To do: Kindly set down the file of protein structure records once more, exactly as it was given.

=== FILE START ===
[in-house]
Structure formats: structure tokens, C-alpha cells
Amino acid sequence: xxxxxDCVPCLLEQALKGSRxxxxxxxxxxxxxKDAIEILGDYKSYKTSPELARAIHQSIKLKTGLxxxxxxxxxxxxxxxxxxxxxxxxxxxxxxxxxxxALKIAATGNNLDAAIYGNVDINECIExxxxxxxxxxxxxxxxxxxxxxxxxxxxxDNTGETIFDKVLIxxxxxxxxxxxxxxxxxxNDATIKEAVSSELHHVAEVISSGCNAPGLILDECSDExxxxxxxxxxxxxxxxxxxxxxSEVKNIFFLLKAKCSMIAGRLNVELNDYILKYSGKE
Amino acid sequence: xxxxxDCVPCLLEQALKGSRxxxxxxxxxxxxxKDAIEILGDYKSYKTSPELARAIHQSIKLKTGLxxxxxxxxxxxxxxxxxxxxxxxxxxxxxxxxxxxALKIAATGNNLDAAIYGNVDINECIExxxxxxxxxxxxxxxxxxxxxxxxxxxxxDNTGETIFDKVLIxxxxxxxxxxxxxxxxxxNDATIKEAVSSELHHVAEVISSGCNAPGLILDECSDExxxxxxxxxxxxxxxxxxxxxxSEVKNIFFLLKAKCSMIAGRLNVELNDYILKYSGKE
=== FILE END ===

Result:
[in-house]
Structure formats: structure tokens, C-alpha cells
Amino acid sequence: xxxxxDCVPCLLEQALKGSRxxxxxxxxxxxxxKDAIEILGDYKSYKTSPELARAIHQSIKLKTGLxxxxxxxxxxxxxxxxxxxxxxxxxxxxxxxxxxxALKIAATGNNLDAAIYGNVDINECIExxxxxxxxxxxxxxxxxxxxxxxxxxxxxDNTGETIFDKVLIxxxxxxxxxxxxxxxxxxNDATIKEAVSSELHHVAEVISSGCNAPGLILDECSDExxxxxxxxxxxxxxxxxxxxxxSEVKNIFFLLKAKCSMIAGRLNVELNDYILKYSGKE
Amino acid sequence: xxxxxDCVPCLLEQALKGSRxxxxxxxxxxxxxKDAIEILGDYKSYKTSPELARAIHQSIKLKTGLxxxxxxxxxxxxxxxxxxxxxxxxxxxxxxxxxxxALKIAATGNNLDAAIYGNVDINECIExxxxxxxxxxxxxxxxxxxxxxxxxxxxxDNTGETIFDKVLIxxxxxxxxxxxxxxxxxxNDATIKEAVSSELHHVAEVISSGCNAPGLILDECSDExxxxxxxxxxxxxxxxxxxxxxSEVKNIFFLLKAKCSMIAGRLNVELNDYILKYSGKE